Mary Randolph included a handful of recipes for pickling in The Virginia House-wife. While sugar fulfilled an essential function to prevent spoiling and extend the shelf life of foods in the form of jams, jellies, and whole fruit preserves, vinegar also performed a critical role in the fight against food spoilage. Pickling in vinegar was the preferred method for preserving vegetables until the invention of safe and reliable canning methods. Vinegar pickles allowed for the preservation of vegetables unsuitable for drying or cold storage, such as green beans, asparagus, and cucumbers. Peaches, apples, plums, oysters, mussels, and clams were also preserved as pickles. Kept in a cool place in earthenware jars and crocks, pickled food preserved foods from one season to the next. Sealing options were limited. Until the invention of home canning equipment, beginning with the patenting of the screw-on zinc lid in 1858, home preserving was limited by unreliable methods to seal preserved food from bacteria. Prior to 1858, sealing methods were imperfect with domestic advisors recommending queensware pots or glass jars or tumblers covered with tissue paper, writing paper dipped in brandy, or oiled paper. Pickles could be kept by keeping the food submerged in the pickling liquid. With these imperfect methods, the housewife had to be constantly vigilant for signs of decay amongst the family’s food stores. Lydia Maria Child advised her readers to regularly, “examine preserves, to see that they are not contracting mold; and your pickles, to see that they are not growing soft and tasteless.”
For rural women, especially those growing their own food, preservation was essential. Living in an urban area, food preservation likely was not among Randolph’s chief domestic concerns. Her pickle recipes make evident that Randolph pickled for flavor or substitutes for hard to find items. Among the small number of pickle recipes are cucumber pickles and a couple of relishes, accompaniments to meat dishes in an era before ketchup. Randolph’s recipes for Oil Mangos and To Make the Stuffing for Forty Mellons were popular substitutes for mango in early American cookery. Another popular substitute was pickled green peaches. British Cookbook author Dr. William Kitchener opined these were “the best imitation of the Indian mango.” Pickled nasturtium served as a stand-in for capers.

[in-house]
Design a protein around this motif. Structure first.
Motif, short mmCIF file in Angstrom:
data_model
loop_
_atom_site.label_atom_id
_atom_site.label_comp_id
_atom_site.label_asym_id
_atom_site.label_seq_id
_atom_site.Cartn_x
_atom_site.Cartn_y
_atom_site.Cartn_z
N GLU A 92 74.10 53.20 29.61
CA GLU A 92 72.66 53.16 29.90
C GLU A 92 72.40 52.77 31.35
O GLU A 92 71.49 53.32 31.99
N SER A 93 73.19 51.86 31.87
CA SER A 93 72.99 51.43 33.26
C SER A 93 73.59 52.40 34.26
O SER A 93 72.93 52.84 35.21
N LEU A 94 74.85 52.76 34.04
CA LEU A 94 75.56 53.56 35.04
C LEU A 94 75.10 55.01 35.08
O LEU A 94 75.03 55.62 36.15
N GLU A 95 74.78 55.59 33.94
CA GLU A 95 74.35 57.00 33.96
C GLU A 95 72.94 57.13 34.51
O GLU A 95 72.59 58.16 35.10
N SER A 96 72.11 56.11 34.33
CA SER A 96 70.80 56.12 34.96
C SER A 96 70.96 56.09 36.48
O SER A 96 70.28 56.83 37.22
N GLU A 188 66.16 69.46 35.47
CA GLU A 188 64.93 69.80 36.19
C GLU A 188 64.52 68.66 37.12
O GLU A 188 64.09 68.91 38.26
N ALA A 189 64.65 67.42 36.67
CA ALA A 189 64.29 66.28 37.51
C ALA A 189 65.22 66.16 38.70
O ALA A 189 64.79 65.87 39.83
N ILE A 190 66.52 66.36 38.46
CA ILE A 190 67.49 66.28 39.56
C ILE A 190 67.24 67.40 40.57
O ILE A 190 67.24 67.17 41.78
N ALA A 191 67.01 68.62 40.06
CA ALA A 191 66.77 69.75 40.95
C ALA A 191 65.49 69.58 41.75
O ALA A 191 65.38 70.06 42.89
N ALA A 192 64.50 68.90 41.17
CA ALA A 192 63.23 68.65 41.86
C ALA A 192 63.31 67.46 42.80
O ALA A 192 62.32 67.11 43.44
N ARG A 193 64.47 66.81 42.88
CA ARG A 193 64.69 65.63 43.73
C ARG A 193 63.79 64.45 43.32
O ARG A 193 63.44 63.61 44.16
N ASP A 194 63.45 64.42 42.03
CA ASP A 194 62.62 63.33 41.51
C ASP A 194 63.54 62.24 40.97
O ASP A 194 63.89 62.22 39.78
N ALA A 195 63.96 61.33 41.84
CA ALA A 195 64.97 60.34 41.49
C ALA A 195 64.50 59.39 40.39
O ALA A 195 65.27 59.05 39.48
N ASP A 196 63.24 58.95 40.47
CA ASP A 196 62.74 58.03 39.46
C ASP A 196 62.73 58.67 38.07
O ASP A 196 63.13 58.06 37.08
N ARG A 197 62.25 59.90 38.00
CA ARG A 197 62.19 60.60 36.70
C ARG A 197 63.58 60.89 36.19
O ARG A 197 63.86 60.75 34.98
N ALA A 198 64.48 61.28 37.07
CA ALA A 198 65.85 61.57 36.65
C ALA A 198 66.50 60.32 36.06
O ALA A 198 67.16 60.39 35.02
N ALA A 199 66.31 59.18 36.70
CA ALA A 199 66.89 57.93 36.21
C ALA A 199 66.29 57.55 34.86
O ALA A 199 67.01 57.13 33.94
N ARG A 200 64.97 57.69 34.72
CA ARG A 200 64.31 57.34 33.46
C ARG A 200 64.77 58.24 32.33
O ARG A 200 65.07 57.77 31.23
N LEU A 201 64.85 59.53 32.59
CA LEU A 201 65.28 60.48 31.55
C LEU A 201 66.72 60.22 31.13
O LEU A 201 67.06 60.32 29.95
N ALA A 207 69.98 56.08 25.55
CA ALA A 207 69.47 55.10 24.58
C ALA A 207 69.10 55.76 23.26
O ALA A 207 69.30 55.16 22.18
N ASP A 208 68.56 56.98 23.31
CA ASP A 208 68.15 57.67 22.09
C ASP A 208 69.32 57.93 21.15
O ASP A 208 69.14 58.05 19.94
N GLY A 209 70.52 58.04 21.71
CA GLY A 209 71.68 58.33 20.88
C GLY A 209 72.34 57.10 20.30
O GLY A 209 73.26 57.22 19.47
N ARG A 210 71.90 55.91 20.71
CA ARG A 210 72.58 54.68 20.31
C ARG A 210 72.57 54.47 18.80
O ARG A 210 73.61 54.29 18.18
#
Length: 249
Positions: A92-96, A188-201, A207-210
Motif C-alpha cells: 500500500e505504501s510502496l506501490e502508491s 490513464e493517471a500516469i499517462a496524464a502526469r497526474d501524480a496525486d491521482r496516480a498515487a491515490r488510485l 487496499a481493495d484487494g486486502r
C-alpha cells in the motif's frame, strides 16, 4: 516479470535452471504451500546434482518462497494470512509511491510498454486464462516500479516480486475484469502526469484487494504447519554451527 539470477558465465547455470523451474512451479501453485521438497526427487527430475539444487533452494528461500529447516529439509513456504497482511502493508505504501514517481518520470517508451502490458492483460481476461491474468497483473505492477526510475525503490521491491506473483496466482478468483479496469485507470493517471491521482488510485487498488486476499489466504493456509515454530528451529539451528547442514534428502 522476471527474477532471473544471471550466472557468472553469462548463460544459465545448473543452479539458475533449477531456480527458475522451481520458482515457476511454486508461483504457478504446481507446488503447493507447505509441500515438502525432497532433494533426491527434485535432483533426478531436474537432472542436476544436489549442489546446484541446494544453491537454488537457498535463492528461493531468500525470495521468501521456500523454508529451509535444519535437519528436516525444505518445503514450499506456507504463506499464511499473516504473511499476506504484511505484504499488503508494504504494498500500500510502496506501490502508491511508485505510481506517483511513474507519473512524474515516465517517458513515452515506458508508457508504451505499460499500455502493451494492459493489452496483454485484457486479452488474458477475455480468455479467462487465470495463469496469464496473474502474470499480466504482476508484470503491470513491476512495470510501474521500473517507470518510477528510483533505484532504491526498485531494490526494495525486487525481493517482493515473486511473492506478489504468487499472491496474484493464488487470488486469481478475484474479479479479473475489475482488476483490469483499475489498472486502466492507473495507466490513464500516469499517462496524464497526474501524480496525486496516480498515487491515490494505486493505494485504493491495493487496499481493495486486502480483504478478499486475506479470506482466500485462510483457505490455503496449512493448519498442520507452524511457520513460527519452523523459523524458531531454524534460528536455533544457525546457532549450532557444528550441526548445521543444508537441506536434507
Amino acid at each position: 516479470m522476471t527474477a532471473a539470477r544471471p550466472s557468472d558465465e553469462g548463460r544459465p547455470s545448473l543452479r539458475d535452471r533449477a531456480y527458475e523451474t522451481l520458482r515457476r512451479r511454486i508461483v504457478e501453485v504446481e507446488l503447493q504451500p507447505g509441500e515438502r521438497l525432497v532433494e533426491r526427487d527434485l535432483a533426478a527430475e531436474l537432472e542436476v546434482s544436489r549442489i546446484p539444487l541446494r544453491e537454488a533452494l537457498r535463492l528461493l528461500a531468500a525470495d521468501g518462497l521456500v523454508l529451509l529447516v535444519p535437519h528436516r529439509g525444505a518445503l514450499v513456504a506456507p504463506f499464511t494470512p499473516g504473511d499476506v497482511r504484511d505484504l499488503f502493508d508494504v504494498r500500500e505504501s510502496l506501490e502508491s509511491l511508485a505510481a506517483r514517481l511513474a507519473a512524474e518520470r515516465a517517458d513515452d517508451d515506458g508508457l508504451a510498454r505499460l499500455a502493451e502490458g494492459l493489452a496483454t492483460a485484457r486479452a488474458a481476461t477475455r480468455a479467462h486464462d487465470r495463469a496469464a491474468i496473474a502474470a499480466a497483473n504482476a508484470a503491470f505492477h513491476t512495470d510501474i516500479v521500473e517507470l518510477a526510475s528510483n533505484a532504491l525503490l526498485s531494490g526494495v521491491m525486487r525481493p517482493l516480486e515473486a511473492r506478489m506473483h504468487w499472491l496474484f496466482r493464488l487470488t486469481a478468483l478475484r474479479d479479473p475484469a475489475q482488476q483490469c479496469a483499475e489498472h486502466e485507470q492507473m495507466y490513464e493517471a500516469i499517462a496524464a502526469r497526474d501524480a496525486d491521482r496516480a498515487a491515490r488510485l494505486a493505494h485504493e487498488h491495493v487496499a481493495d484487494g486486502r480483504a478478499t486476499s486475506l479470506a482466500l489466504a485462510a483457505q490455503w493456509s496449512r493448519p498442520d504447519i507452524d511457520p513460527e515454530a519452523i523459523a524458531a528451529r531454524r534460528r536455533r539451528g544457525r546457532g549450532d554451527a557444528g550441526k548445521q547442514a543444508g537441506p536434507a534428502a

This is not a quick-pickle recipe. Randolph’s recipe includes a two-week brine for the onions, a step that draws moisture out of the onions and softens them. This step allows the onions to fully absorb the vinegar and be preserved (or pickled) all the way through. Most modern recipes for pickled onions are a two-day process. One day for brining and pickling on the second day.
Randolph’s pickled onions, simply flavored with a small amount of turmeric, were crunchy with a sharp bite from the onion and vinegar. Her instructions advise, “with a little turmeric. If the vinegar is not very pale, the onion will not be a good color.” Presumably, the tiny amount of spice is to preserve the onions’ color rather than dye them yellow with too much turmeric. I may have erred on the side of too much turmeric, as the onions were slightly yellow on the outsides even though the vinegar they steeped in was a very pale yellow. Nevertheless, the turmeric flavor was imperceptible. I thinly sliced the onions and enjoyed them on a burger. They could also be chopped and used as a taco or hotdog topping. Randolph likely served them alongside roasted meats.
To Pickle Onions
Mary Randolph, The Virginia Housewife (1838), p. 167.
Adapted by RA Snell
2-3 medium white onions (enough to fit in a 1 quart wide-mouthed mason jar)
4 cups white vinegar
1/8 teaspoon turmeric
Brine (Note: the brine is prepared four times for the recipe.)
4 cups water
4 tablespoons salt
1. Wash your onions and cut the stem close to the root (onions purchased from the grocery store are usually already trimmed). Place the onions in the jar.
2. Prepare the brine: bring 4 cups of water to a boil. Once boiling, add the 4 tablespoons of salt. Stir and boil until the salt is dissolved.
3. Pour the brine into the jar with the onions, ensure all the onions are covered by the brine.
4. Allow the onions to stand for two weeks. During this time, shake the jar daily to ensure all the onions are brining evenly. Every three days, change the brine.
5. After two weeks, remove the skin and outer shell from each onion. Place the onions in a new jar and add 4 cups white vinegar and 1/8 teaspoon turmeric. Shake well and leave the jar in a cool, dry place for at least two weeks.
6. Thinly slice the onions and enjoy!
 Mrs. (Lydia Maria) Child, The American Frugal Housewife (New York: Samuel S. & William Wood, 1838), 8.
 William Kitchener, M.D., The Cook’s Oracle; And Housekeeper’s Manual (New York: J. & J. Harper, 1830), 404.